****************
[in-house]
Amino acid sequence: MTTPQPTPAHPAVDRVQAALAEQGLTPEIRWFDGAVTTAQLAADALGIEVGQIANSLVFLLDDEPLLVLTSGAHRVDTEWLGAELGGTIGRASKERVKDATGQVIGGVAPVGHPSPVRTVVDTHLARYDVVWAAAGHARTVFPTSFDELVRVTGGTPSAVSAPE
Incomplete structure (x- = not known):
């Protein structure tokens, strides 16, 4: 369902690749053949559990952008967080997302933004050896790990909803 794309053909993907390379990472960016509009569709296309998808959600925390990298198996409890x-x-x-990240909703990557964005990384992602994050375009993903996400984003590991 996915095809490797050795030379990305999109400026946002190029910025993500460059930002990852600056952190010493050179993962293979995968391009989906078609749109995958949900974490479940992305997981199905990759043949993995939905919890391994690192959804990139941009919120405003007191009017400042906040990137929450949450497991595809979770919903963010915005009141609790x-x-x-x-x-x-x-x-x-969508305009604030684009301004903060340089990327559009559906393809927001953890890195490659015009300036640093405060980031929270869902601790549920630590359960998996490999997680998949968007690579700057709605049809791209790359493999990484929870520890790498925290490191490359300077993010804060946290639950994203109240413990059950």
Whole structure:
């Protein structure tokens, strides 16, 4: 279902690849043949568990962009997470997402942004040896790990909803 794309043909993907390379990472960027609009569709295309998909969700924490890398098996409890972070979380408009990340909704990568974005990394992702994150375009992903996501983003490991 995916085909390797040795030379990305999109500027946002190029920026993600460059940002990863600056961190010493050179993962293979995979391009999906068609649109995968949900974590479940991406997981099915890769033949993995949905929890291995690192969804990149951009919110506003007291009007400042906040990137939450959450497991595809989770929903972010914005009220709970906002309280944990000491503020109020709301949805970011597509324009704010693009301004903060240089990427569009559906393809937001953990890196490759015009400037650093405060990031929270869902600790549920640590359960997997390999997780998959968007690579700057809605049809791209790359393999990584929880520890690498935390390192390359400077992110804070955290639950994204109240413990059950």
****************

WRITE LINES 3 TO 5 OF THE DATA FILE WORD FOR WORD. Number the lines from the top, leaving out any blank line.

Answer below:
Incomplete structure (x- = not known):
């Protein structure tokens, strides 16, 4: 369902690749053949559990952008967080997302933004050896790990909803 794309053909993907390379990472960016509009569709296309998808959600925390990298198996409890x-x-x-990240909703990557964005990384992602994050375009993903996400984003590991 996915095809490797050795030379990305999109400026946002190029910025993500460059930002990852600056952190010493050179993962293979995968391009989906078609749109995958949900974490479940992305997981199905990759043949993995939905919890391994690192959804990139941009919120405003007191009017400042906040990137929450949450497991595809979770919903963010915005009141609790x-x-x-x-x-x-x-x-x-969508305009604030684009301004903060340089990327559009559906393809927001953890890195490659015009300036640093405060980031929270869902601790549920630590359960998996490999997680998949968007690579700057709605049809791209790359493999990484929870520890790498925290490191490359300077993010804060946290639950994203109240413990059950």
Whole structure: